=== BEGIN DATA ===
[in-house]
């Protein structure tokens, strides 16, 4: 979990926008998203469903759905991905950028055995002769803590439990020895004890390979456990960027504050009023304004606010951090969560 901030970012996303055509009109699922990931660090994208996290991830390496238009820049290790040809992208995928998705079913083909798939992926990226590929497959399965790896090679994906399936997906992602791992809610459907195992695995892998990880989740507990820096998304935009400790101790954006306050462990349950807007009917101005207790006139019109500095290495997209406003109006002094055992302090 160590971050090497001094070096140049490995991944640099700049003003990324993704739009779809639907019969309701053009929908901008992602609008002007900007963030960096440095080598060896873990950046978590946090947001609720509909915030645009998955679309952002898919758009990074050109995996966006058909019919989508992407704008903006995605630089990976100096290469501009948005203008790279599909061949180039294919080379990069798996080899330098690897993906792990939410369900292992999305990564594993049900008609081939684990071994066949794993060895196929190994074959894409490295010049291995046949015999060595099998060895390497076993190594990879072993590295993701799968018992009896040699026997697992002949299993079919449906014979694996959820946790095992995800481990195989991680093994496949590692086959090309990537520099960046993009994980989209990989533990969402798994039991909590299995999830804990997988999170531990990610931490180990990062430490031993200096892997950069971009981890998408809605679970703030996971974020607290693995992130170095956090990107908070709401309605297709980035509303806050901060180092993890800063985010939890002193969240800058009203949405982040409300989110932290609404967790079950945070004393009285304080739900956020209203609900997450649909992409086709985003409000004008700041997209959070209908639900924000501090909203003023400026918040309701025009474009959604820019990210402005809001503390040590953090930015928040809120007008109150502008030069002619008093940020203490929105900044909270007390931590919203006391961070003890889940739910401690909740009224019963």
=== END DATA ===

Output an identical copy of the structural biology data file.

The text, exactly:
[in-house]
């Protein structure tokens, strides 16, 4: 979990926008998203469903759905991905950028055995002769803590439990020895004890390979456990960027504050009023304004606010951090969560 901030970012996303055509009109699922990931660090994208996290991830390496238009820049290790040809992208995928998705079913083909798939992926990226590929497959399965790896090679994906399936997906992602791992809610459907195992695995892998990880989740507990820096998304935009400790101790954006306050462990349950807007009917101005207790006139019109500095290495997209406003109006002094055992302090 160590971050090497001094070096140049490995991944640099700049003003990324993704739009779809639907019969309701053009929908901008992602609008002007900007963030960096440095080598060896873990950046978590946090947001609720509909915030645009998955679309952002898919758009990074050109995996966006058909019919989508992407704008903006995605630089990976100096290469501009948005203008790279599909061949180039294919080379990069798996080899330098690897993906792990939410369900292992999305990564594993049900008609081939684990071994066949794993060895196929190994074959894409490295010049291995046949015999060595099998060895390497076993190594990879072993590295993701799968018992009896040699026997697992002949299993079919449906014979694996959820946790095992995800481990195989991680093994496949590692086959090309990537520099960046993009994980989209990989533990969402798994039991909590299995999830804990997988999170531990990610931490180990990062430490031993200096892997950069971009981890998408809605679970703030996971974020607290693995992130170095956090990107908070709401309605297709980035509303806050901060180092993890800063985010939890002193969240800058009203949405982040409300989110932290609404967790079950945070004393009285304080739900956020209203609900997450649909992409086709985003409000004008700041997209959070209908639900924000501090909203003023400026918040309701025009474009959604820019990210402005809001503390040590953090930015928040809120007008109150502008030069002619008093940020203490929105900044909270007390931590919203006391961070003890889940739910401690909740009224019963």